In this class for fiction writers with prior workshop experience, students will craft two short stories and discuss outside works as we parse the mechanics of fiction, and what exactly makes a story. Through reading one another's work and studying the craft of writers like Jamaica Kincaid, Valeria Luiselli, Haruki Murakami, Juan Martinez, Amelia Gray, Rachel Khong, and Alejandro Zambra, we'll leave these weeks a little further along in our understanding of how to make a narrative stick. We've all got a plethora of tools at our disposal to share our stories—in this course, you'll hone yours just a little bit sharper. By the end of the course, every writer will have two workshopped stories (or excerpts from longer works) and a more nuanced understanding of how to craft compelling and effective short stories.
This class will meet over our text-only chat platform. There will not be any video or audio component to class.
*no class November 27th
- Peer and instructor critiques on two short pieces
- Greater familiarity with writers of literary fiction
- Next steps on revising submitted fiction
- Access to Catapult's list of writing opportunities and important submission deadlines, as well as a 10% discount on all future Catapult classes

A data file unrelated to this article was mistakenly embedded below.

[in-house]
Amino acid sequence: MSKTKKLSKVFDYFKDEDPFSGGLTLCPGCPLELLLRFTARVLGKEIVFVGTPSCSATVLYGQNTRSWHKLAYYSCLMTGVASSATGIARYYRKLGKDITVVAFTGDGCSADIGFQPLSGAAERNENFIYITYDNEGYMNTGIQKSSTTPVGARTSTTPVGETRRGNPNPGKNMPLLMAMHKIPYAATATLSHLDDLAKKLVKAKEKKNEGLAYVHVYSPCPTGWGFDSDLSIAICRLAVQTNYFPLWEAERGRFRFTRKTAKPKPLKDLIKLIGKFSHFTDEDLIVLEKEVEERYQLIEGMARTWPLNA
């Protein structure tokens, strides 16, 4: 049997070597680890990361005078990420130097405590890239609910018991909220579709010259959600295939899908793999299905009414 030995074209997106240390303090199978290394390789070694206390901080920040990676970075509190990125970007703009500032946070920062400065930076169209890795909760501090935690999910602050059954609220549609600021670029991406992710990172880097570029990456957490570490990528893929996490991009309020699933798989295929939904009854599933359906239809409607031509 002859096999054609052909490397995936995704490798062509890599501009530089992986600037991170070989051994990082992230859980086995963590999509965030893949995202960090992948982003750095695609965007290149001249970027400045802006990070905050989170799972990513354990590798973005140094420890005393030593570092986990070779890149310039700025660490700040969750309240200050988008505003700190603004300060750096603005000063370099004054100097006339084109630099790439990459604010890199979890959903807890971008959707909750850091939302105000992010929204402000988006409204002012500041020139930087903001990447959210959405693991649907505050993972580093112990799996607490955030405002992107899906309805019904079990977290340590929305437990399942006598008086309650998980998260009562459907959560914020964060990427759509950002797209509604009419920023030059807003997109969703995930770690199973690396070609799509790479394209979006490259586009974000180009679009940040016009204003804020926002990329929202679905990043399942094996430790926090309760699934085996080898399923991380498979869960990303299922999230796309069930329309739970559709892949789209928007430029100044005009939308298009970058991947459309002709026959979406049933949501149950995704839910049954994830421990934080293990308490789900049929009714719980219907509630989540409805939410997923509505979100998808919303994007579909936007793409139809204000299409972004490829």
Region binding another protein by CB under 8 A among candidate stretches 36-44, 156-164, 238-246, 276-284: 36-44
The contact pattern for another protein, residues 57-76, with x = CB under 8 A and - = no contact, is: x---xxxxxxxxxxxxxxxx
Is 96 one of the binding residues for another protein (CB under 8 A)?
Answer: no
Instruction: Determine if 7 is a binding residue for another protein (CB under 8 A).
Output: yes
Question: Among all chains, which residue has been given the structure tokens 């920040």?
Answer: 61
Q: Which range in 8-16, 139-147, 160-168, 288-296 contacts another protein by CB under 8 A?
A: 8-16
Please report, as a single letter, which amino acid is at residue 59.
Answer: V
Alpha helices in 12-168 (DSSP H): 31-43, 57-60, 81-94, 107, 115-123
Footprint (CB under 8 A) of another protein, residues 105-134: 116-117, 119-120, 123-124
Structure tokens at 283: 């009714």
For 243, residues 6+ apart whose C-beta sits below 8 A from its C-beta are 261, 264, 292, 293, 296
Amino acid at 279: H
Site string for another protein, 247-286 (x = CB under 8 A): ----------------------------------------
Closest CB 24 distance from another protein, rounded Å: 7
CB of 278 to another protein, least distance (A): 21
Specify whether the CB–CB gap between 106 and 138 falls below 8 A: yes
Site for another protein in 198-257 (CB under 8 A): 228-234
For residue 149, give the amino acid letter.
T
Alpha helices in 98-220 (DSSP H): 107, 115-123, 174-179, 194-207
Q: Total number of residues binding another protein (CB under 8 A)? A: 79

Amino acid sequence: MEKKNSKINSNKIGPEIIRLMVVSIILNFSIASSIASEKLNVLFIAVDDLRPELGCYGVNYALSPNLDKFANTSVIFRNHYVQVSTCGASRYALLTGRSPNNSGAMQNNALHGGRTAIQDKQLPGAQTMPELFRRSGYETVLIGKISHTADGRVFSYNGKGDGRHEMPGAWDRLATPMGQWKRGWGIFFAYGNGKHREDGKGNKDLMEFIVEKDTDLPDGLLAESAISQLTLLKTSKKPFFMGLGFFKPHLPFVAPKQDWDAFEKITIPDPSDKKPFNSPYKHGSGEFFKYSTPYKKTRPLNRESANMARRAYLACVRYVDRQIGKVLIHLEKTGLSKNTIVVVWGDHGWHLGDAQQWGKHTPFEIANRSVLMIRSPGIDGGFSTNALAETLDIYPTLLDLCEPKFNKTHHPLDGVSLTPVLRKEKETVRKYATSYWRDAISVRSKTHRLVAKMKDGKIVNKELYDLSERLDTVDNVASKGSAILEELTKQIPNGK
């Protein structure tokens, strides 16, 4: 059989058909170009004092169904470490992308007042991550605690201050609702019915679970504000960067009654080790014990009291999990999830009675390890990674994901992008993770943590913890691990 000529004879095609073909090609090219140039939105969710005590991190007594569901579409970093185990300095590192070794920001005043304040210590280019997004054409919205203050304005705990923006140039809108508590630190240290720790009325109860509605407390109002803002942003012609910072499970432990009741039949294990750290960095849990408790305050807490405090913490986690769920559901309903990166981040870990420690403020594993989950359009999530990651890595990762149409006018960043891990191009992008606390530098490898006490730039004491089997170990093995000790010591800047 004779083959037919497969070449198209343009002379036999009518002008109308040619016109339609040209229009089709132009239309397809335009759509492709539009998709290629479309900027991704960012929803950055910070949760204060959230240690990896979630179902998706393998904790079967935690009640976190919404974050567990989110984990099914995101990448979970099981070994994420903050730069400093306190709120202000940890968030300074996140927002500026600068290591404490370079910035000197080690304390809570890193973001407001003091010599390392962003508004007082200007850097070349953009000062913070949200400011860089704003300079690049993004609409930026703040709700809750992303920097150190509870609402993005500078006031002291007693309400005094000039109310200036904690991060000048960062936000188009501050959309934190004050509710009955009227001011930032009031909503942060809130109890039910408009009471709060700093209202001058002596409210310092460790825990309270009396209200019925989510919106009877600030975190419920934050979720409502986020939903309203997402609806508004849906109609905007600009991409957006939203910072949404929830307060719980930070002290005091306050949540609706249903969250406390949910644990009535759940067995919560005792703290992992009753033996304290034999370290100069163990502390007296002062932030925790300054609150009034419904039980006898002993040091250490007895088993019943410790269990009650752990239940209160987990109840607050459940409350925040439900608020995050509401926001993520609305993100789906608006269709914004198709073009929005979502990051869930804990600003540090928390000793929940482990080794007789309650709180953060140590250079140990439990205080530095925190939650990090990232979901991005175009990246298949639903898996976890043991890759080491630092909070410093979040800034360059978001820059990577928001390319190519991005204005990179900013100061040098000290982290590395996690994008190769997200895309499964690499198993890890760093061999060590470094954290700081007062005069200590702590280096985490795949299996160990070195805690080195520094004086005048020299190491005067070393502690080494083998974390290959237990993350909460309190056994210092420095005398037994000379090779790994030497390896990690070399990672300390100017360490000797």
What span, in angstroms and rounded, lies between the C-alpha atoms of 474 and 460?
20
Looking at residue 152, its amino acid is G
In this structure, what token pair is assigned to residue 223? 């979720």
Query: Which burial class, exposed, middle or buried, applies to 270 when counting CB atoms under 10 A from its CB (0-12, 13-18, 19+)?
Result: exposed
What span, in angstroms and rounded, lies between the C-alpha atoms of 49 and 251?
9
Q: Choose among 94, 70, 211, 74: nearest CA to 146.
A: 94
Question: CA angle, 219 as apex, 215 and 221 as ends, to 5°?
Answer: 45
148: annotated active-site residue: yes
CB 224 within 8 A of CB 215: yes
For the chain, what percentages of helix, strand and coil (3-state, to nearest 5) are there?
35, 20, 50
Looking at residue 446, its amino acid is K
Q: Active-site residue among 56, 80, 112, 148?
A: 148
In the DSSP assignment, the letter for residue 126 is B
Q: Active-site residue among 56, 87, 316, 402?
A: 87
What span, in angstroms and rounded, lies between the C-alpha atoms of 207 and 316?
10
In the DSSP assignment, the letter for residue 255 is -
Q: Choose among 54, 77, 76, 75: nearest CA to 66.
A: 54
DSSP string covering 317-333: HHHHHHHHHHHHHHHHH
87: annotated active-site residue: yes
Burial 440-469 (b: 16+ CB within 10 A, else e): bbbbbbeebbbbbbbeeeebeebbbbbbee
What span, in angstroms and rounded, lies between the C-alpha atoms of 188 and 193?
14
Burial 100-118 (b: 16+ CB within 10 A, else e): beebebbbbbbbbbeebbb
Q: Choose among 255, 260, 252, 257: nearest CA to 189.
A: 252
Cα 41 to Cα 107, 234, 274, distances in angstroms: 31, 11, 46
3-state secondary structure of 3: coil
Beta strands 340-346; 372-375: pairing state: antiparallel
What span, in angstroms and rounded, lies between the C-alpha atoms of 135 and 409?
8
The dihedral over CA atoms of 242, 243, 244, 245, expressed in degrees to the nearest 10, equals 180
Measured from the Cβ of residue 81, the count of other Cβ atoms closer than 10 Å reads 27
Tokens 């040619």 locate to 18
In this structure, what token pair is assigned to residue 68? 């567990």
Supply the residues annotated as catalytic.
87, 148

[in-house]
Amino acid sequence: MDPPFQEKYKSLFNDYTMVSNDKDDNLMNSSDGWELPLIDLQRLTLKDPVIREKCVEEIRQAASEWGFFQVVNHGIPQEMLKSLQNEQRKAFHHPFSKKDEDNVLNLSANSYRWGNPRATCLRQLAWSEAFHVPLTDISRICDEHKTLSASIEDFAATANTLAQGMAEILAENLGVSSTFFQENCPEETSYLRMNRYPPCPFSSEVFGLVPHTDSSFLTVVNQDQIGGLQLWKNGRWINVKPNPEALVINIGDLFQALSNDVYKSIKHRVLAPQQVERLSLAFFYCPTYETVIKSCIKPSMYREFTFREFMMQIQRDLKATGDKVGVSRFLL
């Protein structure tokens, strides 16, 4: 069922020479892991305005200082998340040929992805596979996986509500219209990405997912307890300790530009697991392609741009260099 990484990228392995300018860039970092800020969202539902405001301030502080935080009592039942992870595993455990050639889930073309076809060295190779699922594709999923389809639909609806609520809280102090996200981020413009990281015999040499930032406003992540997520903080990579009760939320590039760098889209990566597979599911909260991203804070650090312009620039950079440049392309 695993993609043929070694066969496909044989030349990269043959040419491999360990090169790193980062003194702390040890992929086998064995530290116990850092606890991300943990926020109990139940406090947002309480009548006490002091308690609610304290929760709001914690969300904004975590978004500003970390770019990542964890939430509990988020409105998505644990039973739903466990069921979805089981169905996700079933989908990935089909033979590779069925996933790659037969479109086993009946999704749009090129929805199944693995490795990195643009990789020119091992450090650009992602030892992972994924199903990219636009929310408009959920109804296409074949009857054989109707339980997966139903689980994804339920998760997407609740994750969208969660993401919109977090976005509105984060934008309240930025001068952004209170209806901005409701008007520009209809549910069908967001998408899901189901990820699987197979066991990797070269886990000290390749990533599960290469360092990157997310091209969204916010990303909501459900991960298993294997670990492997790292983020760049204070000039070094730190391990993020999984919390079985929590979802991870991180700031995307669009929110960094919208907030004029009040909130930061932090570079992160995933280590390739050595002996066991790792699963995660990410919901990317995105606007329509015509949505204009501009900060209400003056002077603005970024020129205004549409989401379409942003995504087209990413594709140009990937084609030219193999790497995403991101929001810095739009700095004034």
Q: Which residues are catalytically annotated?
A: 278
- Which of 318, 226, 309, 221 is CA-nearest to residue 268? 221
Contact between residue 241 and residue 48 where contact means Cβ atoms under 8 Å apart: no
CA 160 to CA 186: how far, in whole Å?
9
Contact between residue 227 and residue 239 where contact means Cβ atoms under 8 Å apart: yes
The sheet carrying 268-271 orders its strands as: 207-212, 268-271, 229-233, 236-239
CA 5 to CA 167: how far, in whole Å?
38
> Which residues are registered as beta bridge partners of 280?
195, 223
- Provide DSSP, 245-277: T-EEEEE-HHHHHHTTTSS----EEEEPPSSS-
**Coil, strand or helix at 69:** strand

Week 1: Introductions
Week 2: Beginnings, Self and Peer Editing, Readings
Week 3: Form and Structure, Weight, Readings
Week 4: Tension, Climaxes, Readings,
Week 5: Denouements, Themes, Readings
Week 6: Fooling Around, Submitting Your Work, Review
Bryan Washington is the author of Lot, with fiction and essays appearing in the New York Times, the New York Times Magazine, The New Yorker, BuzzFeed, Vulture, The Paris Review, Boston Review, Tin House, One Story, Bon Appétit, MUNCHIES, American Short Fiction, GQ, FADER, The Awl, Hazlitt, and Catapult. He’s the recipient of an O. Henry Award, and he lives in Houston.
"A brilliant display of raw talent, with gut-punching stories that deliver with a lasting force. This is the literature that I've been waiting for."
"The kind of stories I am always longing to read. I love the urgency, honesty, and vitality of Washington’s voice. I love these characters for where they’re from, and where they’re going, what they know, and what they reveal about trouble and love."
“[S]tunning… LOT paints an unforgettable picture of Houston and the people who call it home.... It's hard to overstate what an accomplishment Lot is.... Washington does a brilliant job making the city come to life in all its imperfect glory. His book is an instant classic of Texas literature, but it's more than that — it's a stunning work of art from a young writer with immense talent and a rare sense of compassion, and one of the strongest literary debuts in several years.”
“Washington’s subtle, dynamic and flexible stories play out across [Houston’s] sprawling and multiethnic neighborhoods… An alert and often comic observer of the world… Washington cracks open a vibrant, polyglot side of Houston about which few outsiders are aware... [T]here is a fair amount of joy in Washington’s stories… An underthrob of emotion beats inside them. He’s confident enough not to force the action. The stories feel loose, their cellular juices free to flow."